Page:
(One could also argue that it’s difficult to be fair since the Idirians are so unsympathetic, and sure, but then I think it would have made for a much more interesting conflict if the Culture Enemies had been something other than standard bad guy material – in short: It’s too black and white, too simple, than the story deserves and the author could have written).

        Oh yeah, I almost said something about his non sci-fi books too, but it merely consisted of ‘his non sci-fi seems unintereting at a first glance so I don’t know where to start’ so I didn’t… but now it does seem worth mentioning. I had forgotten you’d read more of his non sci-fi than ‘the wasp factory’… but that one does seem worth looking a bit closer at. But it was read by the same narrator as Wasp Factory, or was that another book?

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        1. Olle Linge’s avatar

          I understand what you mean, but in this case I didn’t consider the mindset or the attitude of Culture citizens to be the important thing (becaues that’s very simple and easy to define; I’m sure he had that well thought-out long before he wrote any of these books). Instead, I meant the Culture as a civilisation, as an empire. However, with that kind of reasoning, Consider Phlebas isn’t very much about the Culture either, because even though the orbital is a Culture world, most of the characters aren’t (only Balveda is, and she isn’t super important), so I just think I’m confused. I wanted this book to be better than it is and I can’t find a good reason why he didn’t write better. :)

          As for his non-sf stuff, you should read The Wasp Factory first, I think. It’s not the same narrator as for any of his other books, I think. However, all books I’ve ever listened to by Banks have been professionally produced with good narrators, so I don’t think you need to worry much about that.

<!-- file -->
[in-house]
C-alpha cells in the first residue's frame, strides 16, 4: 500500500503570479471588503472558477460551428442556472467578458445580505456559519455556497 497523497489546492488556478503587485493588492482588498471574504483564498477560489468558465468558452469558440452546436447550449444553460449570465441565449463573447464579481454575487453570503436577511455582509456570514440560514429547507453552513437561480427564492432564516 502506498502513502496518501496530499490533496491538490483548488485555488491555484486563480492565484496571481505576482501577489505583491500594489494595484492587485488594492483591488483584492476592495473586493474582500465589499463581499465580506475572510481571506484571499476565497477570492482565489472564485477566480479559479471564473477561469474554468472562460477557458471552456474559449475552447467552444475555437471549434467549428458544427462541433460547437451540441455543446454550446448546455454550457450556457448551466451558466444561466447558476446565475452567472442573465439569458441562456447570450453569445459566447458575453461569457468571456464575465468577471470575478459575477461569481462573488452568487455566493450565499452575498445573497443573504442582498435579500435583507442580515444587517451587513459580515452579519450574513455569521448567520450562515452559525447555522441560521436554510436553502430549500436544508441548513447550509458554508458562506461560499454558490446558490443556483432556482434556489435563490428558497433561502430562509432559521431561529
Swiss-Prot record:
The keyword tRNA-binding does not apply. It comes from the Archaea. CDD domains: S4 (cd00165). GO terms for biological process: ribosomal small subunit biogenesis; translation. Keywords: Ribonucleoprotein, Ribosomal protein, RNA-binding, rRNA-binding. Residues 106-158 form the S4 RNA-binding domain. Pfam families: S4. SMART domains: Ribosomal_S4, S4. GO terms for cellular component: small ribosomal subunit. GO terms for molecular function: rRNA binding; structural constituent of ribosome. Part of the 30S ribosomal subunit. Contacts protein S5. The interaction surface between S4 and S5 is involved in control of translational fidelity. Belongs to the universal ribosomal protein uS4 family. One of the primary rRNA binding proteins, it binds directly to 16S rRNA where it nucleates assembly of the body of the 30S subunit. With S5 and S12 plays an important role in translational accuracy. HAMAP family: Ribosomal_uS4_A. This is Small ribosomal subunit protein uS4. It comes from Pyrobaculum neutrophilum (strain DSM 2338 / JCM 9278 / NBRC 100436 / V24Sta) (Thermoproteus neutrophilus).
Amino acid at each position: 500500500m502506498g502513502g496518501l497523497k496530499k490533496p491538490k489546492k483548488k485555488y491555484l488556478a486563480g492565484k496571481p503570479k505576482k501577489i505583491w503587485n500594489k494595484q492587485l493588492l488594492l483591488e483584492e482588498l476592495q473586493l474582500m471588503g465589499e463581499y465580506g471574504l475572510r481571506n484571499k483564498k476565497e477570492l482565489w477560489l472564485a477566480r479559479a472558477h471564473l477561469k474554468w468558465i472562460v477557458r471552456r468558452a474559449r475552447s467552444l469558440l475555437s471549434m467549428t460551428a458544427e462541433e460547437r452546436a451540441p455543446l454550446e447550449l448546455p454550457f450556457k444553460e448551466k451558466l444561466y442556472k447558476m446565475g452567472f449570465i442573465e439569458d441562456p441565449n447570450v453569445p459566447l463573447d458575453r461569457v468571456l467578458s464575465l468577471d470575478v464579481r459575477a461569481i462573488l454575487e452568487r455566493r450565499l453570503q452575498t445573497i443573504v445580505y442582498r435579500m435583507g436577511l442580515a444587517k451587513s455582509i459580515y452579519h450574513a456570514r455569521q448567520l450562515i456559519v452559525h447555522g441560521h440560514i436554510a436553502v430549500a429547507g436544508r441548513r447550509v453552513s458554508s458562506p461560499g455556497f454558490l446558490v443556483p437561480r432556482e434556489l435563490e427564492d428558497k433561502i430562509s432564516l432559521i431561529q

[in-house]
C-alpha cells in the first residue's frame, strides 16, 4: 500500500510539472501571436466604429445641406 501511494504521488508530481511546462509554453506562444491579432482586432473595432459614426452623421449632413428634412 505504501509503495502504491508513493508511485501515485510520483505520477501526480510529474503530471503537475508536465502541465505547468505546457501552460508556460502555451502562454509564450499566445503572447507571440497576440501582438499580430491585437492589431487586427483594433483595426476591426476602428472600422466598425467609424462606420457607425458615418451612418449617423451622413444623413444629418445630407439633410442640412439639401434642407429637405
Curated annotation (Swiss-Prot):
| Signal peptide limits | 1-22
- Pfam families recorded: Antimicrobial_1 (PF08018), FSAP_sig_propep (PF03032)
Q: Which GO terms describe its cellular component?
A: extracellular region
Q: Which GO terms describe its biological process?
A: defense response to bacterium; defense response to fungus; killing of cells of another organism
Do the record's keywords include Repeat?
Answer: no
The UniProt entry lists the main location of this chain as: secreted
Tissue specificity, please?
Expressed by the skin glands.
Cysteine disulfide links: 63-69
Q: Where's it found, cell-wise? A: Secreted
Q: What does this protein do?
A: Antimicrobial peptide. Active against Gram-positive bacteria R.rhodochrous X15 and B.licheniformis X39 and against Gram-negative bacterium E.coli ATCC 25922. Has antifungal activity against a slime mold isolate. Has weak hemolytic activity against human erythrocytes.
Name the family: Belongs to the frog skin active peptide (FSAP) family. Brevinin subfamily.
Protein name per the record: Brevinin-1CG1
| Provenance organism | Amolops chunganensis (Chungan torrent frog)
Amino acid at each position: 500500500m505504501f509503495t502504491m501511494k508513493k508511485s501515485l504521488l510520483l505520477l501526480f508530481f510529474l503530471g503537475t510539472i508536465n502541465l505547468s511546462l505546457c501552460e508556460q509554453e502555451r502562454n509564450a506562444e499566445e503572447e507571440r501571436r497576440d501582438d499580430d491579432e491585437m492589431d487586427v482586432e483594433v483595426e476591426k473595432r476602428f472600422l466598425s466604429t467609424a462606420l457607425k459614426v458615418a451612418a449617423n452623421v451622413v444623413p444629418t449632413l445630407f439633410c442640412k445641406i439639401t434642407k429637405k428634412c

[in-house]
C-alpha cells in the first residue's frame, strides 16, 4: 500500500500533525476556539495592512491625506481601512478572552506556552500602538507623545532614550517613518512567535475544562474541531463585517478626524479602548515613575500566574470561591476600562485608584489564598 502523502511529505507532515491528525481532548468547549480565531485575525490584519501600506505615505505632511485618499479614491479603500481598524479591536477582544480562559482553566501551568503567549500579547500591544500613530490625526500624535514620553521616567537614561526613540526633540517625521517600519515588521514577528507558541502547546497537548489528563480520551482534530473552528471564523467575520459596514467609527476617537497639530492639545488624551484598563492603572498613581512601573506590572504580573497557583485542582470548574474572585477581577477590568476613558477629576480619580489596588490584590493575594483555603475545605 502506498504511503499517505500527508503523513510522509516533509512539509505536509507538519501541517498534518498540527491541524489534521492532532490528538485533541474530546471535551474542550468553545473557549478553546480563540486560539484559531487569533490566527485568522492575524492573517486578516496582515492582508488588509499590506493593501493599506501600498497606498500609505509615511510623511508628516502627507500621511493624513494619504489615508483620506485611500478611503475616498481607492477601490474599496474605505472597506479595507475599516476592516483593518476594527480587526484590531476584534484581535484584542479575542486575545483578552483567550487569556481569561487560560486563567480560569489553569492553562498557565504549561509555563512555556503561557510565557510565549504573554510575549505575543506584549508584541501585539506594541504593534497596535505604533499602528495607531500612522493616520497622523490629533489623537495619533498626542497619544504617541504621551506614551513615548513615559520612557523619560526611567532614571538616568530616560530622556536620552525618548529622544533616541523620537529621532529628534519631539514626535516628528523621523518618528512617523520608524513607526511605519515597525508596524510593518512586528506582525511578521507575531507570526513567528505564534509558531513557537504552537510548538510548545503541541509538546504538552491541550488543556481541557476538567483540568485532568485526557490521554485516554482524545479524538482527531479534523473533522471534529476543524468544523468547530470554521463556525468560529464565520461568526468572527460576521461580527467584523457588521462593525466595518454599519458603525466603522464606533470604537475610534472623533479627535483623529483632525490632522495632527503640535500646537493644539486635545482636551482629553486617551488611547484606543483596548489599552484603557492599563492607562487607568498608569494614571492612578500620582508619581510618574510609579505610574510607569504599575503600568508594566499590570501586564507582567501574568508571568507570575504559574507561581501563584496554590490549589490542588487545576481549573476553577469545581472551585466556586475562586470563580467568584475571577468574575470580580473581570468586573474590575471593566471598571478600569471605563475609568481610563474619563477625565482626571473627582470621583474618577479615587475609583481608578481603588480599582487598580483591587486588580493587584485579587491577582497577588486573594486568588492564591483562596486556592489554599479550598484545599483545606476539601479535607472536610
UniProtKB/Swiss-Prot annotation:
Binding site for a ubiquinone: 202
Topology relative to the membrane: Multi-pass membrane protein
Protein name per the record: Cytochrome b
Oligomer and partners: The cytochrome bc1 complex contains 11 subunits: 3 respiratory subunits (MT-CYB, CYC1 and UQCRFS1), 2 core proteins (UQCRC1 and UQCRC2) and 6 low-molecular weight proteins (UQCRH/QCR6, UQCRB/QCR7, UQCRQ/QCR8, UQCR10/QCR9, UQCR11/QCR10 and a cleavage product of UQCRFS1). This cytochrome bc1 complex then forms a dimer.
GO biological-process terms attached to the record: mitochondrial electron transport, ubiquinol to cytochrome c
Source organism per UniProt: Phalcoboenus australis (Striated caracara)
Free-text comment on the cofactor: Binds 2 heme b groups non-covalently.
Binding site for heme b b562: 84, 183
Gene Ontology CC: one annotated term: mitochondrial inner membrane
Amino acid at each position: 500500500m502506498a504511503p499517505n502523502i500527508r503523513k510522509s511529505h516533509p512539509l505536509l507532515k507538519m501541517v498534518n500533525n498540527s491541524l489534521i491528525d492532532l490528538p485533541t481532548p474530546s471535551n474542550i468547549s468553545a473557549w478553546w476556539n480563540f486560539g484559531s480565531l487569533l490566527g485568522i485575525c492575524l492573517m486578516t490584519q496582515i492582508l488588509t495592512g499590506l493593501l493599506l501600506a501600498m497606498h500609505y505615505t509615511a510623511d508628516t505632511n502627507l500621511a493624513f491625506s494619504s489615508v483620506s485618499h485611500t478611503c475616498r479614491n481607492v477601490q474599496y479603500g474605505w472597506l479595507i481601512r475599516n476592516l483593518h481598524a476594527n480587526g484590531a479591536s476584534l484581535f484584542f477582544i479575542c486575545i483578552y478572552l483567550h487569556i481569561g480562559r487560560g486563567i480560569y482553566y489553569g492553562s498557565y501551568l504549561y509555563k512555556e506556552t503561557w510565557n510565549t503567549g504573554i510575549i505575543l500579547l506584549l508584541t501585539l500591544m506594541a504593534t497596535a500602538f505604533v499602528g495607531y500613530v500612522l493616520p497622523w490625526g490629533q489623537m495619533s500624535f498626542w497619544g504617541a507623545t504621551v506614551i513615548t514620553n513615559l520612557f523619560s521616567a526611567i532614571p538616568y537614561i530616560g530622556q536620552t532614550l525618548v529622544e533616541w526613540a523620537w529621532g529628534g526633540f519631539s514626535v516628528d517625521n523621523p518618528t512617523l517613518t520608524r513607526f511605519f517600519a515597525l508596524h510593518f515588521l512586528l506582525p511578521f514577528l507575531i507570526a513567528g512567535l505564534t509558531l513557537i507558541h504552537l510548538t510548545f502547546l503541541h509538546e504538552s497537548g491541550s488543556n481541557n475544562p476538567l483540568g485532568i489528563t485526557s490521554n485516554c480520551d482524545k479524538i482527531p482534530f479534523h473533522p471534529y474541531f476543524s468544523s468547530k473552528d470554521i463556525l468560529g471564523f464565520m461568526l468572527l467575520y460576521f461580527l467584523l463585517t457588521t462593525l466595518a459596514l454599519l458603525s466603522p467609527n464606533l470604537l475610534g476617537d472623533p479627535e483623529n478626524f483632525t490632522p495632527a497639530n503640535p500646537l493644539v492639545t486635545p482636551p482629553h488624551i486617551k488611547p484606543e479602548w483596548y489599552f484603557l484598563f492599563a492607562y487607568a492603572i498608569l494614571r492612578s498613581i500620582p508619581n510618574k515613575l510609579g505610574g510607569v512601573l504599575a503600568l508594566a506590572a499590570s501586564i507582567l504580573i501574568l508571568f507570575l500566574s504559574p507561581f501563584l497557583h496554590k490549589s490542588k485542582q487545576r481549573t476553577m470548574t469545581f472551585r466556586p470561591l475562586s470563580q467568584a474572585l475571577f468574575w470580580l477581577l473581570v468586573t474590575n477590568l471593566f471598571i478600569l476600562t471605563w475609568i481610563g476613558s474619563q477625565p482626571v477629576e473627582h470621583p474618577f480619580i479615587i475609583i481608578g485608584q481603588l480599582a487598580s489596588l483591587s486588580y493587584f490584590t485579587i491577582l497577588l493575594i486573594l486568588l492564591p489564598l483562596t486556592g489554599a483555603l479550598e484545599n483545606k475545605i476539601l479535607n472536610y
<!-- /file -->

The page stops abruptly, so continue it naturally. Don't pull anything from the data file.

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          1. Xhakhal’s avatar

            I didn’t say this book is about the culture – I was talking about the parts in the book that are about the culture, and how the Idirians and the Culture are contrasted outside of Horza’s mind.

            I -have- read the Wasp Factory, and I also remember you telling me that you listened to a book narrated by the same guy, and told me how expertly he handled female characters – something I hadn’t had the time to experience, since there were practically none in the Wasp Factory.

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            1. Olle Linge’s avatar

              Hm… that’s actually true, now that you mention it. I must be getting old or something. I’ll check it out, but I think you’re right., it must have been The Steep Approach to Garbadale. I remember the main character’s female relatives were pretty entertaining (two old ladies, a bit like the actresses in Coraline). And sorry for not remembering that you had already read it. :(